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Career Colleges    » Wisconsin    » Criminal Justice and Law     » Corrections and Security

Wisconsin Corrections and Security Degrees

Corrections and Security Degrees: Wisconsin Career Colleges

Career College: Wisconsin Corrections and Security Programs

Looking for accredited career colleges, technical schools, and universities in Wisconsin offering Corrections and Security degrees. As a corrections major, you will learn about prison life and correctional facilities. You also have the option of taking courses in counseling, management, and other specialization within the field.

Wisconsin is a land of nearly 15,000 lakes, offering students many chances to enjoy the great outdoors. As America's ?Dairyland,' Wisconsin is also home to nearly 350 varieties of locally-produced cheese, which you can enjoy with a frosty glass of Wisconsin's other renowned export, beer. There are major breweries and dairies all over the state.

Wisconsin is also home to a number of interesting cities, including Madison, a famously progressive and innovative town, and Milwaukee, known for cultural attractions and a strong sense of community.

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Wisconsin Career Colleges: Corrections and Security Degrees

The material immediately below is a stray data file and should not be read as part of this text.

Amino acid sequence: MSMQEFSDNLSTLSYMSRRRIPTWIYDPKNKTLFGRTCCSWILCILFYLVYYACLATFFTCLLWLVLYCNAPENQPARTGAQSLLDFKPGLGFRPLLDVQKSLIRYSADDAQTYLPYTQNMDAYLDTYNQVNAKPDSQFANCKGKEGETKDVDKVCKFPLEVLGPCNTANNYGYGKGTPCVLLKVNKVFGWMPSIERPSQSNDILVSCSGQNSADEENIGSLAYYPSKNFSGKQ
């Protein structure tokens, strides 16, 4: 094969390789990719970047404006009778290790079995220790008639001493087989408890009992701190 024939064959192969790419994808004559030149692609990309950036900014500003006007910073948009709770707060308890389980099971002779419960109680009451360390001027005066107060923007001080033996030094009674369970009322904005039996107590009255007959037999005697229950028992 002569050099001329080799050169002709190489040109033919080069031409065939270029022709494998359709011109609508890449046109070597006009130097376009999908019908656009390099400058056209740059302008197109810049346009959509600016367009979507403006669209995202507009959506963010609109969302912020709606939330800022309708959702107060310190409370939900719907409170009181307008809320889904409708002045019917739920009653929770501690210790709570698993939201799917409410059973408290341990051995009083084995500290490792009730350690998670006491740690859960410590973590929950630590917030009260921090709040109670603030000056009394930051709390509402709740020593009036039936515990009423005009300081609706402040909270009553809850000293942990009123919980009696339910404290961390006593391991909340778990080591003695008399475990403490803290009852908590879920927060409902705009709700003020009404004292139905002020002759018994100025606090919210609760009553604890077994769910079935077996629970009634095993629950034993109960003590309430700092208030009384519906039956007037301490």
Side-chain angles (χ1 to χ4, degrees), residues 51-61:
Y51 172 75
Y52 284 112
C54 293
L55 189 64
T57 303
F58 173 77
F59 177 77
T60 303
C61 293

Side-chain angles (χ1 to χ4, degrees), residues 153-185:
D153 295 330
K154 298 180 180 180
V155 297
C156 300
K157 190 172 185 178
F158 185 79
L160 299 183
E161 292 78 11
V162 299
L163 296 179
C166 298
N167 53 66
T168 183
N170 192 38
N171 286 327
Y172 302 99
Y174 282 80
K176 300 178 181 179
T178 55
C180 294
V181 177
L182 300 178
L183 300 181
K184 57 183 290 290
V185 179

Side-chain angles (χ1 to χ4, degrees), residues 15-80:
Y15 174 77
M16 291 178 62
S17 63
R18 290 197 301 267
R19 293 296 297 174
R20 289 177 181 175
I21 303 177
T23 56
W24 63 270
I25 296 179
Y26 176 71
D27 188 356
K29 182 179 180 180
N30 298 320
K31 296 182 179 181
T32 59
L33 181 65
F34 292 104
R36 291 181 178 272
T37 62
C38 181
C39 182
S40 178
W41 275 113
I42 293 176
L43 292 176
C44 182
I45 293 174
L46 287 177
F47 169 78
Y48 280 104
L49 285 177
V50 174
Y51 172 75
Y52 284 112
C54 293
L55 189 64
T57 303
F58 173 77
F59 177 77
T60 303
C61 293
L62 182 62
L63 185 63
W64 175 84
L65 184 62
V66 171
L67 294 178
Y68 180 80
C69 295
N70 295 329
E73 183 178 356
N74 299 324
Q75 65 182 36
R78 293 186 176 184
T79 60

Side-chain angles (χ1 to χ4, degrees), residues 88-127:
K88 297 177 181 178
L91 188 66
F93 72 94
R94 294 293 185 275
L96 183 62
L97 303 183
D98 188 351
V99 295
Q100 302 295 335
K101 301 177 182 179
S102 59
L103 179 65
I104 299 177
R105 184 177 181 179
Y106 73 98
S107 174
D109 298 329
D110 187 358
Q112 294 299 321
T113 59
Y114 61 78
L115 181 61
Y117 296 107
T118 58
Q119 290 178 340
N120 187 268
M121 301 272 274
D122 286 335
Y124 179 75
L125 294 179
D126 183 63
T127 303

Corrections degree programs focus on counseling and rehabilitation of offenders, probation, parole, community corrections, and juvenile services.

Are you thinking about a degree as a corrections officer? If so, you could be part of a growing profession, which offers a wide variety of career options and specializations. The job outlook for corrections continues to look very favorable in local, state and federal positions.

A correctional officer is charged with safekeeping of people who have been arrested, are awaiting trial, or who have been tried and convicted of a crime and are sentenced to serve time in a jail, reformatory, or penitentiary. Correctional officers maintain security and inmate accountability to prevent disturbances, assaults, or escapes. As such, the Correctional Officer Training Act requires that certain specific college courses and academy training are necessary to certify individuals as correctional officers.

Typical job opportunities include corrections officers in prisons and jails, counselors in halfway houses, and probation or parole officers. Probation and parole officers work in community settings and with the courts in counseling and monitoring the activities of sentences and paroled offenders.

As far as education is concerned, most jurisdictions require a bachelor's degree as a condition of employment for parole and probation officer jobs. For a position as a corrections officer, you may only need an AA in applied arts and science. So don't delay and become part of the growing career field of corrections. Your expertise could be just what this field needs.

The United State Bureau of Labor predicts that increasing prison, parole, and probation populations should increase demand for probation and parole officers and correctional treatment specialists. These opportunities are governed by the amount of funding they receive.

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